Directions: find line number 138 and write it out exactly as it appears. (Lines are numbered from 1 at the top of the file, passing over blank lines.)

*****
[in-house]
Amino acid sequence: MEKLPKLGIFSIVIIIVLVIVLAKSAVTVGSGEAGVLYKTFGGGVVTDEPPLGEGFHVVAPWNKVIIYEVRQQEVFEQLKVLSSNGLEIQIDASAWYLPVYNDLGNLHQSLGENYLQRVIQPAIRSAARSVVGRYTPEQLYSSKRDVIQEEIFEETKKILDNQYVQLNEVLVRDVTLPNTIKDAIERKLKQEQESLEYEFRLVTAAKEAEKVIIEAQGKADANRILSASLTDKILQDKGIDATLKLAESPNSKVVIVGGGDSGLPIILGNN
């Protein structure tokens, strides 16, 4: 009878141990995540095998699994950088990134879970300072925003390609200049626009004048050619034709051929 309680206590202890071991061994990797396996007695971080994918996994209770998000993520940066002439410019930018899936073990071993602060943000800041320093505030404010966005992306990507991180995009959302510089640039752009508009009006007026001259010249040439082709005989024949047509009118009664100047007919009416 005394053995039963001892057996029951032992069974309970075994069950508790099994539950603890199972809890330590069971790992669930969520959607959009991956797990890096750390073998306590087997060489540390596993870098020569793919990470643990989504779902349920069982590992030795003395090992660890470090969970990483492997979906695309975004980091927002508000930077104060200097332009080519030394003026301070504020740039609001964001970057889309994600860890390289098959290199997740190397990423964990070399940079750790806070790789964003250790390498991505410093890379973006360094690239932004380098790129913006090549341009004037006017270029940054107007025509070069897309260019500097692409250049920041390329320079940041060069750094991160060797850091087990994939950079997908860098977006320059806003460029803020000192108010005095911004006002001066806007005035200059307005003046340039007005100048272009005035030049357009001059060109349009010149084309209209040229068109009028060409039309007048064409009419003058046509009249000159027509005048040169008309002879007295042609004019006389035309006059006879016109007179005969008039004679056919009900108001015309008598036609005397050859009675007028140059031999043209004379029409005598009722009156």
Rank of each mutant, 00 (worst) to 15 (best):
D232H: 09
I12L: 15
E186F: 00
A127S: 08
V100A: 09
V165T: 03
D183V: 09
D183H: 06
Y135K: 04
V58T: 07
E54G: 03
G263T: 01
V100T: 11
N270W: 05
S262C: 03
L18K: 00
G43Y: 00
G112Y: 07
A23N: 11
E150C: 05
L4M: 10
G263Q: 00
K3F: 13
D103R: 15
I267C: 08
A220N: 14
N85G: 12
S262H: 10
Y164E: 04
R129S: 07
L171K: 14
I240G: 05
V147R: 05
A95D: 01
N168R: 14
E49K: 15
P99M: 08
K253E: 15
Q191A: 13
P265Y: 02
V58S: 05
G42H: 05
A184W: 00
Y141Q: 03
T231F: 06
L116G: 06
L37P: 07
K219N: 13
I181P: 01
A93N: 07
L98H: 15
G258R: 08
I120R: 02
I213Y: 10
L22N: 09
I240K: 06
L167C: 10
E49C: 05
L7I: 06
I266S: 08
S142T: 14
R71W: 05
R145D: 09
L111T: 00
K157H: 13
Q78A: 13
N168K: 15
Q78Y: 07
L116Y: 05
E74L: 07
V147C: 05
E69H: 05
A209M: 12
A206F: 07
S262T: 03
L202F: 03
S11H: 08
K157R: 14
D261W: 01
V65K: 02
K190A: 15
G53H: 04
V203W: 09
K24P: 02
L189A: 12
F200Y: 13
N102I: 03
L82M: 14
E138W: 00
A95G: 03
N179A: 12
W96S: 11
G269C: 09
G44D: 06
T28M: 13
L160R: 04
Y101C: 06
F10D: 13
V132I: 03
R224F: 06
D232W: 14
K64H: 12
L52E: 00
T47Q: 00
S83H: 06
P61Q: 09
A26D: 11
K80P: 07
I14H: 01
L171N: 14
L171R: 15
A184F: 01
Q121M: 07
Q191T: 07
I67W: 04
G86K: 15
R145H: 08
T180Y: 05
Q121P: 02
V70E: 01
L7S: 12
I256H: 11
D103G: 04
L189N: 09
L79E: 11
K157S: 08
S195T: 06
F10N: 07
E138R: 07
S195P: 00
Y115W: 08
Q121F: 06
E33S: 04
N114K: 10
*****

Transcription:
N114K: 10